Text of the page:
Proof-of-Concept: Potential Use Cases

In the last post, I described shadowing Briscoe staff members in order to see the archives through their eyes. Watching and participating in normal business operations combines with the stakeholder interviews to create a more nuanced picture for designing the checkout system. In this post, I would like to discuss the third method employed while creating the checkout system: compiling previous use cases of UTVA hardware (and other UTVA materials).

As I noted in an earlier post, UTVA hardware has been used in exhibits and in both undergraduate and graduate classes at the University of Texas. These different examples of use speak to the value of the materials as primary resources and provide clues about possible future uses of the collections. Not only can we think about providing access to the materials, the history of the UTVA’s uses can help in sketching a framework for vetting research requests.

When compiling these cases, I primarily used our blog, Continuous Play, and my experiences working with the UTVA during the Fall 2015 semester as sources. One key observation is the overlap between categories of use. For example, materials can be used for creating an exhibit as a class project.


Undergraduate Classes:

This semester the Briscoe was pleased to host tours for two UT classes:

Ms. Meyerson selected UTVA materials from several collections, including a Vectrex, an Atari 2600, a ColecoVision, and a Nintendo NES. We created internal exhibit documentation using aspects of the metadata schema introduced by Matt for his capstone project. For each class, the students were split into two groups with each group spending some time with the materials and with Briscoe staff for an orientation.

Ms. Weil’s class had a specific course objective related to the UTVA: “demonstrating the value and limitations of video game histories and archives”. Her class visited the archives during her first module: “The History of Video Games.”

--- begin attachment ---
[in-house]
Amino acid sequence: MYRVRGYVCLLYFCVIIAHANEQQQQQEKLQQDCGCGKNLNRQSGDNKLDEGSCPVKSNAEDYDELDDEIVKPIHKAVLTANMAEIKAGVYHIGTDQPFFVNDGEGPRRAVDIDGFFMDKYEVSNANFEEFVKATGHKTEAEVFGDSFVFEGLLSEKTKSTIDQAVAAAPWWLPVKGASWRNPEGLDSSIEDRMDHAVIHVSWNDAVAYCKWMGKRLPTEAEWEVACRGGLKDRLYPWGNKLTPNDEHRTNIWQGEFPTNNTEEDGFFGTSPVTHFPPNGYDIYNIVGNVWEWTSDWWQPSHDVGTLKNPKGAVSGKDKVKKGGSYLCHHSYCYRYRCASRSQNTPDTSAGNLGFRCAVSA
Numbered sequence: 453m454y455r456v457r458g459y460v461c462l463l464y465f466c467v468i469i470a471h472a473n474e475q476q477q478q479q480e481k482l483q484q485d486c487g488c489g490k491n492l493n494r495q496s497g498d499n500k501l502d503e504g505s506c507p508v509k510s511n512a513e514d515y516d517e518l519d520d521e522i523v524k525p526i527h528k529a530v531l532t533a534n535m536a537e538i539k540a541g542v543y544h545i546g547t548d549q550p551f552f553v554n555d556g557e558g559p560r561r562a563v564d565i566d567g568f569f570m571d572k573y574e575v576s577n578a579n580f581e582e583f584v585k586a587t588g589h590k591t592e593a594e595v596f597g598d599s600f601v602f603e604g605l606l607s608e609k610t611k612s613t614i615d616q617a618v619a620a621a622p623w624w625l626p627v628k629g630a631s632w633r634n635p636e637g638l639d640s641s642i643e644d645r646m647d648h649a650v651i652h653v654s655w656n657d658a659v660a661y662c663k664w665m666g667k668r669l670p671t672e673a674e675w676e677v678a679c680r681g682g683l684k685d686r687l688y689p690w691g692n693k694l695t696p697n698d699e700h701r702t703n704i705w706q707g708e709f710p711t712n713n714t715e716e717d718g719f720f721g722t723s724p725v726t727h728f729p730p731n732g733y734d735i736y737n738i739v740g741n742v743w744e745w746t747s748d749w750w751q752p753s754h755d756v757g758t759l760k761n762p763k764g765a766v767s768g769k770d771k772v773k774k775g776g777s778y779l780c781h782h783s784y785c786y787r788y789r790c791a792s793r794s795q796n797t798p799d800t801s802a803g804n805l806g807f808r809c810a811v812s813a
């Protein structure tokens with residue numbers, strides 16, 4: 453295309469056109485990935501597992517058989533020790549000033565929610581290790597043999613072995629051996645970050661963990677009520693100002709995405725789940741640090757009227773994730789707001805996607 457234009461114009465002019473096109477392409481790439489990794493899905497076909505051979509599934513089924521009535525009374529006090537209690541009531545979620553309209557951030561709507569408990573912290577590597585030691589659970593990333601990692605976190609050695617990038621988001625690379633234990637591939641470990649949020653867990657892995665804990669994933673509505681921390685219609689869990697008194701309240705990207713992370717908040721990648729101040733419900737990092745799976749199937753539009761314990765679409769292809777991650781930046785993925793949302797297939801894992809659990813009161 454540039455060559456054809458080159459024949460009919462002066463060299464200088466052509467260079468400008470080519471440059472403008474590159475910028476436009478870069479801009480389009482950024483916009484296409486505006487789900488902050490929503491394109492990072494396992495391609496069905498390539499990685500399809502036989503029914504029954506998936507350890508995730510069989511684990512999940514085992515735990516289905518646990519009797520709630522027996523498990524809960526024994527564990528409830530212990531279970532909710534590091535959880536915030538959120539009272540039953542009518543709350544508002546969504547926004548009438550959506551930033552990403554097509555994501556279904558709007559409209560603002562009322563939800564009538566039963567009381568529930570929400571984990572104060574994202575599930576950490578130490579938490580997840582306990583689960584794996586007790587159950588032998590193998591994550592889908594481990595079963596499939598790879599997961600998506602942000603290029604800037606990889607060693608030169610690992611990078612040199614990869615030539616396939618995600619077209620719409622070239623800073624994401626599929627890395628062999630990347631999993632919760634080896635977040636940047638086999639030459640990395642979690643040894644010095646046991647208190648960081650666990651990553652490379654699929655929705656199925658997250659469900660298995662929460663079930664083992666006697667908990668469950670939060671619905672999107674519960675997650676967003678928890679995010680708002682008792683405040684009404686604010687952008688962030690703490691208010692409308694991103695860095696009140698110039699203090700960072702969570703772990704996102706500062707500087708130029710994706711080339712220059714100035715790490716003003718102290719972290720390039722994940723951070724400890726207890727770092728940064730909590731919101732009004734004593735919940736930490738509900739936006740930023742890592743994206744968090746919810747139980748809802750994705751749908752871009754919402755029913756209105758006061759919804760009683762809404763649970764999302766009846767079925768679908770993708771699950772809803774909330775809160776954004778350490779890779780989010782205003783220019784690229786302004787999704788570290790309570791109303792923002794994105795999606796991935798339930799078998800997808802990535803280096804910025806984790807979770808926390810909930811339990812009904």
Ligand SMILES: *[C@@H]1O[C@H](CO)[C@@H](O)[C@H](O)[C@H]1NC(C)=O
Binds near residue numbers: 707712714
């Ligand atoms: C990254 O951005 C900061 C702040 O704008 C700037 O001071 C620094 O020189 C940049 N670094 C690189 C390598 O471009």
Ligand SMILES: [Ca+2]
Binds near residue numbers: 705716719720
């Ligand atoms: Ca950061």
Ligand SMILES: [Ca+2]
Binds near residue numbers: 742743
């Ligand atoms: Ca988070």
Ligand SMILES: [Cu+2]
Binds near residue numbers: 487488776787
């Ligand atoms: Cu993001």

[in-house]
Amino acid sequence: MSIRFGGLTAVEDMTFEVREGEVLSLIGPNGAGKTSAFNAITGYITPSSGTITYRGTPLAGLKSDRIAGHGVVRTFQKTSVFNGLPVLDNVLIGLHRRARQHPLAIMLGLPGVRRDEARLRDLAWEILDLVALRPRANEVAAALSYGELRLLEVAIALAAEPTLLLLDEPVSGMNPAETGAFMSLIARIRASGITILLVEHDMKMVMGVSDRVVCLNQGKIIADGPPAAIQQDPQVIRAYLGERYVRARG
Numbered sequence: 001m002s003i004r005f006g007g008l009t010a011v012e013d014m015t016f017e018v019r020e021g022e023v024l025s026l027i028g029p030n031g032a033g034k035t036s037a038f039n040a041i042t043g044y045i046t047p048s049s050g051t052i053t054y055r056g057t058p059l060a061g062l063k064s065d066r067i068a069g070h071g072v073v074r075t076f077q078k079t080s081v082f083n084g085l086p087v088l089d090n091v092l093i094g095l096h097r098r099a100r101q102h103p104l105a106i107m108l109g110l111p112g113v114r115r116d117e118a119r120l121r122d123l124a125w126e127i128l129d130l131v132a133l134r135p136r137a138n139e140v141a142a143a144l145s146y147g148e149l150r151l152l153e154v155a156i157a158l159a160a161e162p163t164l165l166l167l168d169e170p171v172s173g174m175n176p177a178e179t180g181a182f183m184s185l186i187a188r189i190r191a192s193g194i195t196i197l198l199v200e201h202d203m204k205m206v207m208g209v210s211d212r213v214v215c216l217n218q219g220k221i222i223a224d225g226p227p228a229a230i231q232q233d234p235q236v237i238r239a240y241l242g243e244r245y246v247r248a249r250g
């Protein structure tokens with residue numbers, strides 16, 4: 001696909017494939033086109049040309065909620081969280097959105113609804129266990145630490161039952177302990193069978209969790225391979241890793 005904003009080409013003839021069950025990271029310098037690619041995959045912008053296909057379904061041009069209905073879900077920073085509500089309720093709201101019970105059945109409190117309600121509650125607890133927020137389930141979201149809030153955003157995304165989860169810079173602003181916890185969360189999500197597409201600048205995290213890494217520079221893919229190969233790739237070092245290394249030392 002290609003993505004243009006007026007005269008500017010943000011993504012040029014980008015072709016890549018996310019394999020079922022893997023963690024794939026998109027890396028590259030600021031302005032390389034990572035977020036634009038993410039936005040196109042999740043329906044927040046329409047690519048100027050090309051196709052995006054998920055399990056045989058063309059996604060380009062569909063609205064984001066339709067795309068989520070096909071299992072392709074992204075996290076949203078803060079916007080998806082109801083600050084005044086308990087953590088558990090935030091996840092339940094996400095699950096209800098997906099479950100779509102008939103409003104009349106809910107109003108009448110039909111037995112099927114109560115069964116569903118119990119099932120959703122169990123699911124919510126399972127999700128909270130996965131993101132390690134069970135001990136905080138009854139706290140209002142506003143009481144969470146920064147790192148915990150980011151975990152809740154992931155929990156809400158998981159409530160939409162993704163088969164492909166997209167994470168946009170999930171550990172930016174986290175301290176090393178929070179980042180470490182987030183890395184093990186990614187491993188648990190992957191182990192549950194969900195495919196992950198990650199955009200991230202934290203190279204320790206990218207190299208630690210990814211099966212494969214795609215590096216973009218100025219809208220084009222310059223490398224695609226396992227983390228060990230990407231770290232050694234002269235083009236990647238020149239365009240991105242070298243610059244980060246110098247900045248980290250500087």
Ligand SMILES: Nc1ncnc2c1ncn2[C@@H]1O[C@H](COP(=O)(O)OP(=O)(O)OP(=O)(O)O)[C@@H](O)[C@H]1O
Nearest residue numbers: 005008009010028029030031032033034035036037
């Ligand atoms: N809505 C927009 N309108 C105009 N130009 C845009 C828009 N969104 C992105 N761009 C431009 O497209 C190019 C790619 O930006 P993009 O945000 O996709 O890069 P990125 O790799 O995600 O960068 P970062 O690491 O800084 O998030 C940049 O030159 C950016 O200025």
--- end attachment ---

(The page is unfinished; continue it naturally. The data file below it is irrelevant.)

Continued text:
In Mr. O’Brien’s class, the students had a group presentation project that required a visit (more likely visits) to the archive after the initial tour. The project required students “to conduct archival research in the [UTVA] in order to examine the roles that Austin has played in the development of the larger gaming industry.” Ms. Meyerson and Mr. O’Brien selected archival boxes and reserved them for student use. Students came to the Briscoe individually or in groups to work on their assignment.

When I was researching archival reference for my literature review, I read AI: Archival Intelligence and User Expertise by Elizabeth Yakel and Deborah Torres. One of their findings related that archival novices often lack “both a well-defined research strategy and any prior knowledge of the archives.” These users have difficulty formulating ‘good’ research questions and understanding how an archives can be used for primary source material, especially with respect to artifacts. Structured undergraduate experiences like those above can help increase both archival intelligence and artifactual literacy.

Graduate classes & Individual work

As I can attest, the Briscoe Center has a great working relationship with the School of Information. Students have worked with UTVA materials for class assignments or for Capstone projects. Students in the Digital Archiving and Preservation class have preserved digital audio files, performed small scale emulation research, and archived George Sanger’s workstation. Matt Cepeda created an exhibit “Experience Gained/Level Up!” for his capstone and this project is mine.

This relationship with the iSchool is sure to continue and the UTVA hardware presents a unique opportunity to expand the Briscoe’s relationship with the University of Texas in other, exciting directions. In my post about the preservation and conservation of plastics, I discussed the need to perform yearly inspections on the console systems, including checking game play. I also mentioned some spectroscopic techniques that can be used to identify mystery plastics in the hardware casings. Both of these tasks would be wonderful hands-on learning experiences for UT students in the Chemistry, Physics, Electrical Engineering, and/or Computer Science departments. While many, many details would need to be worked out, reaching out to these departments to gauge interest might be a great capstone project in its own right.

All of these different uses shine a light on possible future uses. And the accumulated experience allows us to try to plan for these cases. We need a way to show that materials are unavailable once pulled for exhibits. We can work with undergraduate classes to create semi-structured archival experiences that hopefully encourage younger students to come back. Finally, we can offer to graduate students fertile ground for new research and opportunities to gain real world, resume-ready experiences working with collection materials.

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